- Phase II. The US Severity Score developed as described above will be tested for correlation with the Clinical Severity Score. An additional 30 subjects meeting inclusion criteria will be enrolled and assessed for arthritis by physical exam performed by a pediatric rheumatologist followed by an US exam performed by the PI. If the subject has more than 1 large or medium joint with arthritis, a single joint will be chosen by random selection. Based on the findings, the clinician will assign a clinical score, and the PI and the consulting rheumatologist will assign an US score based on the standardized US Severity Score obtained from Phase I. The PI and consulting rheumatologist will be masked to physical exam findings and the Clinical Severity Score. The US score will then be compared to the clinical score to assess how the US scoring relates with the standardized clinical measures.
AIM 2: The second aim will study the use of US in imaging the placement of IAS and response to this therapy in 20 subjects receiving IAS for treatment of active arthritis in large and medium joints. Patients less than 21 years old with a diagnosis of JIA per ILAR classification receiving IAS injections of the knee, wrist, elbow, or ankle as part of their standard medical care will be eligible. Non-eligible patients include subjects with a non-inflammatory diagnosis, such as mechanical joint disease, or a large joint effusion requiring additional therapeutic procedures, such as arthrocentesis. Informed consent and assent for children over 7 will be obtained. The targeted joint will be scored by a rheumatologist other than the PI using the Clinical Severity Score described above. Sedation may be provided per routine for joint injection. Routine process for joint injection will be followed. The pediatric rheumatologist performing the injection will use standard external clinical landmarks and palpation to identify the appropriate injection site. Triamcinolone hexacetonide with 1% unbuffered lidocaine will then be shaken to allow the introduction of air per GAS-graphy technique as described by Koski et al. and injected into the targeted joint. The PI, who will not perform any injections in this study, will obtain US imaging just prior and immediately following the joint injection. The rheumatologist performing the injection will be masked to US images. Each image will be obtained and recorded using EULAR specifications, saved under a subject code on the US machine hard drive, and scored by the PI and the consulting rheumatologist using the US Severity Score described above. For the second aim, I will also determine the presence or absence of steroid within the target joint capsule. The physician performing the physical exam, the subject, and the subject's guardian(s) will be masked regarding US results, including location of steroid within or around the joint space and sonographic recordings of joint pathology. Patient outcomes will be determined at 1 week, 4-6 weeks and 3-6 months by the Clinical Severity Score and by US using the US Severity Score described and developed in Aim 1. The clinician performing the physical exam and the sonographer will be masked to each other's scores.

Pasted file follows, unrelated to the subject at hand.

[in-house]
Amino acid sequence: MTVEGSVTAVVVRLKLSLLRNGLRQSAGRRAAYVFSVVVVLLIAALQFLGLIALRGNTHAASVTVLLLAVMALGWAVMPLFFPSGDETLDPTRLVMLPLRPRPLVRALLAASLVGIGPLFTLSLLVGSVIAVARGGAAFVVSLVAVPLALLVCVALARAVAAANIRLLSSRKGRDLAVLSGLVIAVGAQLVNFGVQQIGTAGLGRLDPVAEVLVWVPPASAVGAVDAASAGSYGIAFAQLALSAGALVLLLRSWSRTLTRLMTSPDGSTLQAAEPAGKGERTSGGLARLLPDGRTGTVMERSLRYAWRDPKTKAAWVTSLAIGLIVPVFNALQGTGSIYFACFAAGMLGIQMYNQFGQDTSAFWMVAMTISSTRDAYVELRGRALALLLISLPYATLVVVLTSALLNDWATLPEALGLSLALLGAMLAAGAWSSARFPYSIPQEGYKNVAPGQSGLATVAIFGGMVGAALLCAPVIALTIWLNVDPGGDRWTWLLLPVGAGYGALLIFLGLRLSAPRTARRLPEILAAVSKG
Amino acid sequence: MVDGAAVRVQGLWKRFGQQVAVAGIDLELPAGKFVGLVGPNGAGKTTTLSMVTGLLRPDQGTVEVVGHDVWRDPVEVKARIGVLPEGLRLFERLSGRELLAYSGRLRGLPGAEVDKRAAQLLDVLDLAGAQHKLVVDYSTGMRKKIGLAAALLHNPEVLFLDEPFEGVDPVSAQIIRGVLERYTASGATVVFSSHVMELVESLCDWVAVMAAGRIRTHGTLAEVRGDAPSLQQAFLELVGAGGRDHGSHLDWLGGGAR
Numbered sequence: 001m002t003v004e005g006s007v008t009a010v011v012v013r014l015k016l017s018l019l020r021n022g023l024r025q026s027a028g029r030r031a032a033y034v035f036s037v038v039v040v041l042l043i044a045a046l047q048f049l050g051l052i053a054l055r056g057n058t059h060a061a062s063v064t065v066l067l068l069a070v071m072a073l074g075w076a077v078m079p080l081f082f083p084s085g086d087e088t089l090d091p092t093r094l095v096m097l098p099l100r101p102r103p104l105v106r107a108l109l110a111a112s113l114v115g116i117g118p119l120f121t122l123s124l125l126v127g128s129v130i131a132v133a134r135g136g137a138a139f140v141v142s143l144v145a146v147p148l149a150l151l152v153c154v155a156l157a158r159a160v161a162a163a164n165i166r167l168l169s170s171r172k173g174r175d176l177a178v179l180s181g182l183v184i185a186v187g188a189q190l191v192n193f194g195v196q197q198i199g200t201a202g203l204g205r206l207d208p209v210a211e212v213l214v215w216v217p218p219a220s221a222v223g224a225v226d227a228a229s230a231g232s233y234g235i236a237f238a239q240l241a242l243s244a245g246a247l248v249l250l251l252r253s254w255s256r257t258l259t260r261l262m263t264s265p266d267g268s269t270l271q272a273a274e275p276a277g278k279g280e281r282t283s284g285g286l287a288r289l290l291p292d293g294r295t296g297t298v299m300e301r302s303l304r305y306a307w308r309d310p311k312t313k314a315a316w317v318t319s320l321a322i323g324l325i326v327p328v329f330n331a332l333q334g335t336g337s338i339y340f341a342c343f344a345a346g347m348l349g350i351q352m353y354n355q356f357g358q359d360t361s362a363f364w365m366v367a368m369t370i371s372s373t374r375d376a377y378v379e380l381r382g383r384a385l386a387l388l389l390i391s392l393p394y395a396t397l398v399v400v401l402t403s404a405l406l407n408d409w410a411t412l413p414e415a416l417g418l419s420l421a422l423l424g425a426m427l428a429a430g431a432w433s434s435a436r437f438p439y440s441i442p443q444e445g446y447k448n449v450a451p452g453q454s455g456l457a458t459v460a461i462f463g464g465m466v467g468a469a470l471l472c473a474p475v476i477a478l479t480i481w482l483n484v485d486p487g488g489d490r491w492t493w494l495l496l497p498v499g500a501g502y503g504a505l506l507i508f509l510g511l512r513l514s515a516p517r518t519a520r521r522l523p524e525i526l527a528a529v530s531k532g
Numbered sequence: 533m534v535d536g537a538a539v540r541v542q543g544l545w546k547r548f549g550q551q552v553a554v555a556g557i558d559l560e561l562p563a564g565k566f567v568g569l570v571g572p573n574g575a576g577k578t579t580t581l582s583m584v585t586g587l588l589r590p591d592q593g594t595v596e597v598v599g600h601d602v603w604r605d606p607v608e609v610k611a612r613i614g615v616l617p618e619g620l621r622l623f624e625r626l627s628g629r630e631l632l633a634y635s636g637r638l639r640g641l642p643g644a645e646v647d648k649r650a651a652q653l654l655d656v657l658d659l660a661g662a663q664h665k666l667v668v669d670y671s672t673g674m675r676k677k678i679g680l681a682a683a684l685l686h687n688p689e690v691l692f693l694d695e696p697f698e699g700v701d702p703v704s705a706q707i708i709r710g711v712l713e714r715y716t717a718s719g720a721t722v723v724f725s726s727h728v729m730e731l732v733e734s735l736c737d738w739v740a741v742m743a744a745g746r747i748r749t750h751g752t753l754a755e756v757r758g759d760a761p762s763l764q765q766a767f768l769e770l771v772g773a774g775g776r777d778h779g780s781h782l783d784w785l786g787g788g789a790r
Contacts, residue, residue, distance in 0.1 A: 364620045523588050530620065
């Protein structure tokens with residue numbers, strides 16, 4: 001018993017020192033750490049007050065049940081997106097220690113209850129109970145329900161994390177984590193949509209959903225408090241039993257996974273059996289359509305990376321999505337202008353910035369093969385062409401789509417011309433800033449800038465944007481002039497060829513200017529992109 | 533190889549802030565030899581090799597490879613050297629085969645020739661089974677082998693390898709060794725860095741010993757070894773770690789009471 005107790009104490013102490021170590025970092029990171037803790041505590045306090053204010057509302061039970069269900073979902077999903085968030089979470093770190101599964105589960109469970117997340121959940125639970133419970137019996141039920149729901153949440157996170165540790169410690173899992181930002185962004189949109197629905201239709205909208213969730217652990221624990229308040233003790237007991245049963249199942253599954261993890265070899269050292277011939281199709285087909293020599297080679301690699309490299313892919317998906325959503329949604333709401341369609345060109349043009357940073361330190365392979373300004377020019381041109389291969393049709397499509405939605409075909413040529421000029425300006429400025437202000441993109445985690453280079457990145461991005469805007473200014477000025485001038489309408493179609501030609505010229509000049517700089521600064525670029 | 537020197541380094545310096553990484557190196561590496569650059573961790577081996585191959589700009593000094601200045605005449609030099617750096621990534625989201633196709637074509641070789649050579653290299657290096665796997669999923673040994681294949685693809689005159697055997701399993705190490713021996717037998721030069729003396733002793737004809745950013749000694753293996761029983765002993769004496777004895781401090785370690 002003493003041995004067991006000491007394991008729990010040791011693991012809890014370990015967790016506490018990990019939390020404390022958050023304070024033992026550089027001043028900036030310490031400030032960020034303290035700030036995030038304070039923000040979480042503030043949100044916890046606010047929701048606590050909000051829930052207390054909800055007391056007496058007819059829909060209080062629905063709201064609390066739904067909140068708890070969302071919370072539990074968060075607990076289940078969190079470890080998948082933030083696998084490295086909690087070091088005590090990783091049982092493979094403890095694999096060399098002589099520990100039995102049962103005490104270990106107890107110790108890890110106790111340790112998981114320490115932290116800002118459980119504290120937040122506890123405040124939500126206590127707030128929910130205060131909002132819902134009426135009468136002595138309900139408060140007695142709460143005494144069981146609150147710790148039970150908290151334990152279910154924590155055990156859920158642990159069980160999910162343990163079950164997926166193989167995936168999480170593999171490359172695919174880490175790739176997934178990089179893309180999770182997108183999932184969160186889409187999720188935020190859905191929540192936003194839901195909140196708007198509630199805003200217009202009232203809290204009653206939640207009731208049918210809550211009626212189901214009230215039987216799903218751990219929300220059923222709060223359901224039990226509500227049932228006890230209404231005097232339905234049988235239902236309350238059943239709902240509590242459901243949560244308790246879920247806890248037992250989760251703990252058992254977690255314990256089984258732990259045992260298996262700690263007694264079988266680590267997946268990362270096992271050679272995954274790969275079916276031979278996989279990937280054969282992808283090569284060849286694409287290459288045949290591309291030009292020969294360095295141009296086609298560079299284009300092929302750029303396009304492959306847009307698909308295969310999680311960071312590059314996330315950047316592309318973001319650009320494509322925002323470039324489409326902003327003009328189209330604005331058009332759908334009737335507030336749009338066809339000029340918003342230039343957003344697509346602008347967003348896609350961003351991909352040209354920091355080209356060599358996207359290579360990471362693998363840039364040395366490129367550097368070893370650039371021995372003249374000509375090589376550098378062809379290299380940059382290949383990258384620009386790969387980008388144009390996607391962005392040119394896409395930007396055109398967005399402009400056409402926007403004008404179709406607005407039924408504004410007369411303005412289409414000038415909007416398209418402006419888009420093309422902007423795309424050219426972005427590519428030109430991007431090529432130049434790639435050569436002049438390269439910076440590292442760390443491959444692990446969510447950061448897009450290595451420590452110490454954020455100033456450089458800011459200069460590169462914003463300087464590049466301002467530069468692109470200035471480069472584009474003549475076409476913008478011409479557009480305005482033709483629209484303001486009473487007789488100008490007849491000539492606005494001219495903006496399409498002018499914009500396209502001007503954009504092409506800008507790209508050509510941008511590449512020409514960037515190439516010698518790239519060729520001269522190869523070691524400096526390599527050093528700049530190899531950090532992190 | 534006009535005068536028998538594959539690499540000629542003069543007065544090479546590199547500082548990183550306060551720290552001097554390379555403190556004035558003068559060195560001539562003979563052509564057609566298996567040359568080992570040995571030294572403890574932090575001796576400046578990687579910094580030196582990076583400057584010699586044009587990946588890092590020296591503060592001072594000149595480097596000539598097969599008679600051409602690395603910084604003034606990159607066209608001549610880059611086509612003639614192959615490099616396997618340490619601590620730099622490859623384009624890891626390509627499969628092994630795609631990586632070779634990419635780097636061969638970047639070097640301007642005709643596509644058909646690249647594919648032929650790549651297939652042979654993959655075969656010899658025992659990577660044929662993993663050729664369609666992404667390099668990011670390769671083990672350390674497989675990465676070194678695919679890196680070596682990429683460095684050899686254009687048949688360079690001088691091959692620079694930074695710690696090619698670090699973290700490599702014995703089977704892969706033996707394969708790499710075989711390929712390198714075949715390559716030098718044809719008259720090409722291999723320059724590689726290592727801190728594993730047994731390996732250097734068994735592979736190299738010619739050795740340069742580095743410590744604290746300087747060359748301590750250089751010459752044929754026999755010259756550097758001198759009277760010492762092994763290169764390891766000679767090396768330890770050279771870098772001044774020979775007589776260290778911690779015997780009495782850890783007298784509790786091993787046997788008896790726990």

Other variables will also be collected as part of both aims, including pain as assessed by a standardized pain scale, physician assessment of global disease activity, and functional status as determined by the childhood health assessment questionnaire (CHAQ), a validated, reliable measure of functional status in JIA. These last assessments are 3 of the 6 measures of the ACR Pediatric 30, a validated measure used in clinical trials in JIA (Giannini et al., 1997). Other patient data that will be collected include JIA subtype, duration of disease, age of onset, age at procedure, race/ethnicity, concurrent medications, and whether the procedure required the use of general anesthesia.
|United States, California|
|Stanford University School of Medicine|
|Stanford, California, United States, 94305|
|Principal Investigator:||Christy I. Sandborg||Stanford University|
|Principal Investigator:||Johanna Chi Chang||Stanford University|